RF Jose Bautista hit two home runs and drove in four runs March 19 in Toronto's 11-6 win over the Philadelphia Phillies. The 2-for-4 outing boosted his batting average to .361 and gave him five home runs and 11 RBIs. Bautista's health is important to the Blue Jays. His 2013 season was cut short by a hip injury, and a wrist injury ended his 2012 season prematurely.

Toronto Blue Jays: Cabrera, Melky

LF Melky Cabrera, who was hampered last season by a non-malignant tumor in his spine, is enjoying a strong spring training, both in the outfield and at the plate. He made some running catches that were out of the question last year. He went 3-for-3 against the Detroit Tigers on March 18 in an 18-4 loss, then went 2-for-2 with two RBIs on March 19 in an 11-6 win over the Philadelphia Phillies to give him a .422 spring average with eight RBIs. Cabrera fouled a ball off the area of his right ankle before hitting a single in his second at-bat March 19 and was replaced by a pinch runner. Cabrera said he was fine. Manager John Gibbons said removing Cabrera was just a precaution.

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Toronto Blue Jays: Romero, Ricky

LHP Ricky Romero saw his chances of returning to the rotation end after he allowed the Detroit Tigers three runs, five walks and three hits in 2 2/3 innings on March 18. The Blue Jays lost the game 18-4. In his three previous games, he had a 1.29 ERA. Romero, who spent most of the 2013 season in the minors and was in camp as a non-roster player, was reassigned to the minor league camp March 19. "We feel for the guy," manager John Gibbons said. "It's not just looking at results. As much work as the kid's putting in, things like that  the battles he's going through, mentally  you root for him. You root for him extra hard. But we're encouraged. We're positive after this camp. He may look at it differently, but we feel positive with what he accomplished this spring."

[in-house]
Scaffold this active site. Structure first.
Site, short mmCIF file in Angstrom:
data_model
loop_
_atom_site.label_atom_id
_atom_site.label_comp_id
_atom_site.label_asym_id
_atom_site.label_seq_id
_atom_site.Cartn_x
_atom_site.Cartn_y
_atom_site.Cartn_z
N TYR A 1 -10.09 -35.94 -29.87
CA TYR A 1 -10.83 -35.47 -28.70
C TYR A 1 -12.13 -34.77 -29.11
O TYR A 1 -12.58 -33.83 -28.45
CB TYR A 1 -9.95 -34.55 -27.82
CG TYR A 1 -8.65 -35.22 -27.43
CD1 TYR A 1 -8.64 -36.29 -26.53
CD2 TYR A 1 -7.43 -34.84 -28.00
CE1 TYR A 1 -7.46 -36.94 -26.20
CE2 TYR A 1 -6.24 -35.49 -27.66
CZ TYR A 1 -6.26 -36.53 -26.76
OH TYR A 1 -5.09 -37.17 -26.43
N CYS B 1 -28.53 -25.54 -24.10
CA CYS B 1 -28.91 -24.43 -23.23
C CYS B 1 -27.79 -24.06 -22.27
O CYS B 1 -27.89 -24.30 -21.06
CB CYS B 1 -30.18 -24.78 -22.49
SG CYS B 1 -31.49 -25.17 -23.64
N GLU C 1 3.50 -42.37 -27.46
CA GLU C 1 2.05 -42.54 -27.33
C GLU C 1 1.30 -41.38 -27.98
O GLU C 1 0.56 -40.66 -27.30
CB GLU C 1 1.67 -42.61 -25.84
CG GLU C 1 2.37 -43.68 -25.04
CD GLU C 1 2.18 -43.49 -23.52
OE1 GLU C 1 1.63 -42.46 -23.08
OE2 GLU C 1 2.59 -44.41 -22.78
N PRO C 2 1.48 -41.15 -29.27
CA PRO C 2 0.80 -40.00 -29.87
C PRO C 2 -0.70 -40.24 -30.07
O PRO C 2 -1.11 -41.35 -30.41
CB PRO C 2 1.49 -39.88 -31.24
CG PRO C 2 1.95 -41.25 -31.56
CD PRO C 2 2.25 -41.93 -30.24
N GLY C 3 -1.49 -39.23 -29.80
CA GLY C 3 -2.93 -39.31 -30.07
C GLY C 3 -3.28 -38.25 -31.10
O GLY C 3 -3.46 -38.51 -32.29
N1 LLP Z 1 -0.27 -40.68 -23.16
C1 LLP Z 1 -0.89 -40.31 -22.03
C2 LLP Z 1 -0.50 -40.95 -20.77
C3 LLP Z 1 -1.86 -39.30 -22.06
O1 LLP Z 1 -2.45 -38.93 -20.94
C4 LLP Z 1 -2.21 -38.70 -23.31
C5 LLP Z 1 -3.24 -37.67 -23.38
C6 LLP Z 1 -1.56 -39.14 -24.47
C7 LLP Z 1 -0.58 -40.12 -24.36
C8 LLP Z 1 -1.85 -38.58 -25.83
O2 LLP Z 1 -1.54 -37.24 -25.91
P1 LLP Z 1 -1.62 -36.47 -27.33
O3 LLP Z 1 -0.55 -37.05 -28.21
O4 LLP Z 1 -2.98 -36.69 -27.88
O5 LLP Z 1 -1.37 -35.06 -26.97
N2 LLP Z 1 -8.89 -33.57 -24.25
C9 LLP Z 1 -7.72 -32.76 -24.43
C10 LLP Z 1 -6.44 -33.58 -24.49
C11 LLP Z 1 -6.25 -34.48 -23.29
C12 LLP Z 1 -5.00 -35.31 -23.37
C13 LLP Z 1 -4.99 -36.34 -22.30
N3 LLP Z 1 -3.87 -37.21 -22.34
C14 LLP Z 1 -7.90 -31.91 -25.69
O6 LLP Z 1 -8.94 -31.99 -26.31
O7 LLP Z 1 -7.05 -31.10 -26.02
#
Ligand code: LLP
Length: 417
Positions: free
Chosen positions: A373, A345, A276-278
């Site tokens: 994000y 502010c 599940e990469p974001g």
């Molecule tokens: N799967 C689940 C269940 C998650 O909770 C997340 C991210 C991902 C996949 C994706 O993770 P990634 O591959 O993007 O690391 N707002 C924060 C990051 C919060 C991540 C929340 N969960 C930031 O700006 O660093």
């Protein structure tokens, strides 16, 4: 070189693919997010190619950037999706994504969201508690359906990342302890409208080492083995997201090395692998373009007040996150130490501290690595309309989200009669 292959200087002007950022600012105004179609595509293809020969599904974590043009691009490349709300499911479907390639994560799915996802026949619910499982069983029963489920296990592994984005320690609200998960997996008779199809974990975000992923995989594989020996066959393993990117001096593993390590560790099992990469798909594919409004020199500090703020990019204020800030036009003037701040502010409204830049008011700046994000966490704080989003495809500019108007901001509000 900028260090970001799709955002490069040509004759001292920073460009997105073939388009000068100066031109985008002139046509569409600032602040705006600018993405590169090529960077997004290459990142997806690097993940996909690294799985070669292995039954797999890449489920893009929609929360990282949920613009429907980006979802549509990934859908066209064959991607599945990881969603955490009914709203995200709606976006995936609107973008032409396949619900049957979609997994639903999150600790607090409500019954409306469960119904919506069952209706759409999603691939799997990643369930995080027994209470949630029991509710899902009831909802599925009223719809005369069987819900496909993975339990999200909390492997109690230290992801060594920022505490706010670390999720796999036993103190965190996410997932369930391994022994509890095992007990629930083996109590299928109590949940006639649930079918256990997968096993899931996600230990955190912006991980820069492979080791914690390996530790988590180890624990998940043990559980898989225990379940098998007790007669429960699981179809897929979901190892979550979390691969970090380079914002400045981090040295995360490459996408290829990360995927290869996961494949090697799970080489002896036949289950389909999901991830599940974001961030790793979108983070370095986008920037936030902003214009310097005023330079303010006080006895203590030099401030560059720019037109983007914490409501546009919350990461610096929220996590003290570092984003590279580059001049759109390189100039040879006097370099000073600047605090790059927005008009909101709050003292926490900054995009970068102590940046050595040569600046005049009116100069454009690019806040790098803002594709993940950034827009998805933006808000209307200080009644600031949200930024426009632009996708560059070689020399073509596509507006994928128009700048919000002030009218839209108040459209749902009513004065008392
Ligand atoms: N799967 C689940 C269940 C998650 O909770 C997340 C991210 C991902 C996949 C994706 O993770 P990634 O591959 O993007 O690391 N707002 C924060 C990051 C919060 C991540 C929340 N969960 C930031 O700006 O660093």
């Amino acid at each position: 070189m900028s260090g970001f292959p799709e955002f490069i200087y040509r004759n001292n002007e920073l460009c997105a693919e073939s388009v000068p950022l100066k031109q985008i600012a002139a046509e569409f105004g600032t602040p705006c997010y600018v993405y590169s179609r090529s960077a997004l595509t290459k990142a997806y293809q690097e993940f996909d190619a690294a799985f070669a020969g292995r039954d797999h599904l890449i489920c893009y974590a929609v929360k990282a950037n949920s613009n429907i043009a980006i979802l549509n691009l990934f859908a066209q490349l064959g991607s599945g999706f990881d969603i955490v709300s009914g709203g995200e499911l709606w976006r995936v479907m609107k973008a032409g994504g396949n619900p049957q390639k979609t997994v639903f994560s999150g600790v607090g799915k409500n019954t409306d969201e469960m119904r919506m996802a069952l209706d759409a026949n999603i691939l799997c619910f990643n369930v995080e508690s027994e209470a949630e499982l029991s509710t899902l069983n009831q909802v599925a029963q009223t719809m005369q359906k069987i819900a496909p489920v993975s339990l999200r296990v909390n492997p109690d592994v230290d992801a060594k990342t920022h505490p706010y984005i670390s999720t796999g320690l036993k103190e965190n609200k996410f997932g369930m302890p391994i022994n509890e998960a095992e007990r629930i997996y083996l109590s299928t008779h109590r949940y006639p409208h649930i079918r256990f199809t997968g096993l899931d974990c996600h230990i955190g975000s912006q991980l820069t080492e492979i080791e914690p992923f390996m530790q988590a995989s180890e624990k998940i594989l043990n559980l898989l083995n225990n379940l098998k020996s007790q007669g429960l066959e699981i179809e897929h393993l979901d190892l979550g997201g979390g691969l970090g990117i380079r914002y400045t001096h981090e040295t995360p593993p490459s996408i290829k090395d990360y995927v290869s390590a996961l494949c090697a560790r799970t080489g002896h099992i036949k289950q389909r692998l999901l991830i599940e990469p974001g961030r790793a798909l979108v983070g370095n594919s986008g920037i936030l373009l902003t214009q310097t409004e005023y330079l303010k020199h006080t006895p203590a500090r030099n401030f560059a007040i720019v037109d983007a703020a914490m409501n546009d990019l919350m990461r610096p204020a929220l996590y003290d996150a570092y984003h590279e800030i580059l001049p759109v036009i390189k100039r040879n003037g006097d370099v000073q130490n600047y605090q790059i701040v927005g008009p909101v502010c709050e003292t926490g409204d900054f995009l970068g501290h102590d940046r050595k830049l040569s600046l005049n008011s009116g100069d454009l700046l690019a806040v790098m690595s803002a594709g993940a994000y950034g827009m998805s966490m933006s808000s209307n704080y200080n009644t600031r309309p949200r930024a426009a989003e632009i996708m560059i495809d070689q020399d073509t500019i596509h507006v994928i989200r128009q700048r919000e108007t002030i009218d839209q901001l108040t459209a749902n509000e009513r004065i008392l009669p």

Toronto Blue Jays: Jenkins, Chad

RHP Chad Jenkins was optioned to Triple-A Buffalo, but it is likely he and his sinker will return to the majors sometime this season. He did well in his stints with Toronto the past two seasons, and he did nothing to hurt his chances during spring training. He has an unusual grip on his sinker in that his fingers don't touch a seam. The result is what is called a "dry spitter" because of the movement that is created. "It doesn't look flashy," Jenkins said. "Nobody gets excited when I come in to pitch. I don't hit 95 (mph), but I've learned how to control the sinker, and my action gets a little better and better all the time."

"He doesn't get the credit he deserves," manager John Gibbons said. "But he's going to pitch in the big leagues for a long time, I believe. He's got that go-to pitch, it's a ground-ball pitch. It's a reliable pitch, it's in the zone and it's got late life."

Toronto Blue Jays: Wagner, Neil